In April 2009, John Borthwick asked me to join a fledgling Betaworks company created by the wonderful Billy Chasen. For the first year there were just two of us trying to build an analytics business in a world where Google Analytics was both free and universally installed. It took 11 months to get to $10k in monthly revenue. Today, that company is Chartbeat and it is the dominant player in media analytics.A little while ago, I let the board know that I intended to step back from Chartbeat and resign my position as CEO. Over the last year, I started to miss the early stages of startup life. It is those moments of high risk and creativity that I live for. I couldn’t leave without knowing the right person is in place to keep pushing Chartbeat forward. That is why Chartbeat has appointed John Saroff to serve as its CEO. I recruited John to Chartbeat in 2013 and promoted him to COO in 2014. With Chartbeat’s excellent leadership — Aaron, Agnes, Brent, Josh, Mona, Nathan, and Wes — and our innovative, dedicated team, we’ve expanded the company’s reach to 65 countries around the world. I’ve personally learned a tremendous amount from John, and I know that he has the skills and passion necessary to grow this business. I look forward to watching Chartbeat thrive under his leadership. Although I am leaving day-to-day work at Chartbeat, I will remain as a Senior Advisor to John and the Board and will always be proud to say that I am Chartbeat’s Founding CEO. I’m gratified by all the good work we’ve done in the world, and I’m even prouder of the team that John and I have built. It has been the greatest privilege to lead this company. Thank you to every employee, investor, client, and partner who made this journey so wonderful.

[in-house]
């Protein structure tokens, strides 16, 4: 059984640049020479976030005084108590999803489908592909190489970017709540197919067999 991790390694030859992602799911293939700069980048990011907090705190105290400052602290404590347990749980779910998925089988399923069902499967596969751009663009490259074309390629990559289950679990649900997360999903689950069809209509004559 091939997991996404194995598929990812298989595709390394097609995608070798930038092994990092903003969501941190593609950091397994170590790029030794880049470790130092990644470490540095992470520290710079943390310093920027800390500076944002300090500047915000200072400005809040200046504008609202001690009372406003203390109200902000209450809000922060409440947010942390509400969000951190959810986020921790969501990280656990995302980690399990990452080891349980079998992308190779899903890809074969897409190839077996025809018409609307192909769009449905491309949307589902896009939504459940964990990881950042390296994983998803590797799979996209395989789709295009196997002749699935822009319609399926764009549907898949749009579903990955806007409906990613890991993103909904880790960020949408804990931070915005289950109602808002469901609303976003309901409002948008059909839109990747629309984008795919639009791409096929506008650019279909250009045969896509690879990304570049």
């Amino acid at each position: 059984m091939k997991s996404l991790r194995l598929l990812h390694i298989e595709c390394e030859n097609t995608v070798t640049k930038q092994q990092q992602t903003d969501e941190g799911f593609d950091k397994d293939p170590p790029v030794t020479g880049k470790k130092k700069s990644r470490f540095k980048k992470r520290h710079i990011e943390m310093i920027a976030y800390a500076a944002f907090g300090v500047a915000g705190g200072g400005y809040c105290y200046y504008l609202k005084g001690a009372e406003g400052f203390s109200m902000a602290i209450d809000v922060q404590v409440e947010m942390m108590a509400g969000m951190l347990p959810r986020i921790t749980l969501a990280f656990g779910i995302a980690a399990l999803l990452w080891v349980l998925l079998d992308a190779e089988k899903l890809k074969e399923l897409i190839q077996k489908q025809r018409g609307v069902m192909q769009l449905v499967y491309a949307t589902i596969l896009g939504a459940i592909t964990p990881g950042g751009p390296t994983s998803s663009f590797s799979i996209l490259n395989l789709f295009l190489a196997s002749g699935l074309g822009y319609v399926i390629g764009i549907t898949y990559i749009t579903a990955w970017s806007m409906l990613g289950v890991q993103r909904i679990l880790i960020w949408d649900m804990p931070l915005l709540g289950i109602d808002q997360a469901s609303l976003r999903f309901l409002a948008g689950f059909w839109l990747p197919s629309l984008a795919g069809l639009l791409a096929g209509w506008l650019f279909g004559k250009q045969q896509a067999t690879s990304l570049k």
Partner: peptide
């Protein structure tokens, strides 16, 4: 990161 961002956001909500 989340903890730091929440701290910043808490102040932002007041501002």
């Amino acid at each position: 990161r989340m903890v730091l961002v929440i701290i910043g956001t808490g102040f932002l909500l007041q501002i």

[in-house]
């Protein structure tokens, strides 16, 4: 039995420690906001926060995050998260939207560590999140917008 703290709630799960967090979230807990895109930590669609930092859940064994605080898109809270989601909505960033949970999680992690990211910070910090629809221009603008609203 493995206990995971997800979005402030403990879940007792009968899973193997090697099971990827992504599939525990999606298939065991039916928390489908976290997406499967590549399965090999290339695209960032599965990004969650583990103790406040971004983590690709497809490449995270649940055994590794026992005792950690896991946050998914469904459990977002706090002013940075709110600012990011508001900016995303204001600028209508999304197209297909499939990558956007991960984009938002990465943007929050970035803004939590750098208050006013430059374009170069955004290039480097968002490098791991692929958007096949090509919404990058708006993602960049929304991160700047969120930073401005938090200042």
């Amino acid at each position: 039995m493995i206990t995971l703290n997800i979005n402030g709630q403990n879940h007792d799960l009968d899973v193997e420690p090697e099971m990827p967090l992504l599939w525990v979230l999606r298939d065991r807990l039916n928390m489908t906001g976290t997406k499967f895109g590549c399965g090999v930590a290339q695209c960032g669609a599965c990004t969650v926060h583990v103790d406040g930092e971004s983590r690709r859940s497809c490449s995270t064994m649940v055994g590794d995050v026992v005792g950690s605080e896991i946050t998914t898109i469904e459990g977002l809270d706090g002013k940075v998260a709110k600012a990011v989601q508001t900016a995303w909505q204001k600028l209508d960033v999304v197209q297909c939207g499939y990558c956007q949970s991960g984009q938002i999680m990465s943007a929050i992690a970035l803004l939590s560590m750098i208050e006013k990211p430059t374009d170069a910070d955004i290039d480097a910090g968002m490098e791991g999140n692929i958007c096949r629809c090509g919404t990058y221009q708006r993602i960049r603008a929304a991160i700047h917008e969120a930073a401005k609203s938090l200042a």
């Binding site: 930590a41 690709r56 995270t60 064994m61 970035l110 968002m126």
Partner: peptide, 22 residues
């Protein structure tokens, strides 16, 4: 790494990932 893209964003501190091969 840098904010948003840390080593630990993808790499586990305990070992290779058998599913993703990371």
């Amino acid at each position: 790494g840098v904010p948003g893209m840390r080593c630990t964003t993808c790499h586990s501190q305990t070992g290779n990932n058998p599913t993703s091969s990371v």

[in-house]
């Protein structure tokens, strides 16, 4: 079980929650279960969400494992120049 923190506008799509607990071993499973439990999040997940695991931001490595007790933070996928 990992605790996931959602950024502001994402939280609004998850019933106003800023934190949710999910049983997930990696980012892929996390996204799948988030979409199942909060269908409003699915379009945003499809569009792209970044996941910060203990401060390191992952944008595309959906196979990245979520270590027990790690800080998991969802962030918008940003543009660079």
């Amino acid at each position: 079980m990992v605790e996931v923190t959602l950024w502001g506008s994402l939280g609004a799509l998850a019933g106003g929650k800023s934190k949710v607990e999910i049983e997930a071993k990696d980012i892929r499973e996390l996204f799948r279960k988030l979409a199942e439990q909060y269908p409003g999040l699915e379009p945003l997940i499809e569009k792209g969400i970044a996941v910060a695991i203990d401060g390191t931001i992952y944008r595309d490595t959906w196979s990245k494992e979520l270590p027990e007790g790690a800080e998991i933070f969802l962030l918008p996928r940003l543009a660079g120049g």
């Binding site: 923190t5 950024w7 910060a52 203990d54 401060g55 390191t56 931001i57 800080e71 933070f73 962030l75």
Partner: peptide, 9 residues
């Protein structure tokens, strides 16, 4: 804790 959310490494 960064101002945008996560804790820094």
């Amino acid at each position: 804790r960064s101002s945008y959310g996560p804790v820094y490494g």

Today, I’m thrilled to finally announce that Betsy Morgan, former CEO of The Huffington Post and most recently CEO of TheBlaze, is joining the Chartbeat Board of Directors.I say finally because it feels as though Betsy has been advising me and Chartbeat since day one. She’s been an incredible partner, sharing her experience and expertise generously with the Chartbeat team.In fact, years ago, Betsy contributed a guest post for Chartbeat in which she said something that I think about often:
“Data needs to be used as a conversation starter – a way of getting people to think about things in a different way.”
Betsy led TheBlaze for the last five years, where she grew the site’s audience from five to thirty million uniques a month, while simultaneously building TheBlaze TV’s IP-delivered subscription model, which has since become the industry standard for many celebrity-based content businesses. Prior to leading The Huffington Post, Betsy spent ten years at CBS where she was Senior Vice President for CBS Interactive and the General Manager of CBSNews.com.We share Betsy with LearnVest, Goldieblox, Zemanta, TheSkimm, and Sidewire, among others where she’s an advisor and with Colby College and Mentoring USA where she’s on the Board of Trustees and the Advisory Board, respectively. As well, she serves on the Media Council of Springboard. Unsurprisingly, Betsy has been repeatedly listed on Business Insider’s “Silicon Alley 100,” as well as named one of 27 Business Insider’s “Game Changers” of 2011. In 2012, she was named one of “20 Women to Watch” by Columbia’s Journalism Review.To say we’ll learn a lot from her is an understatement.Thanks for coming aboard, Betsy.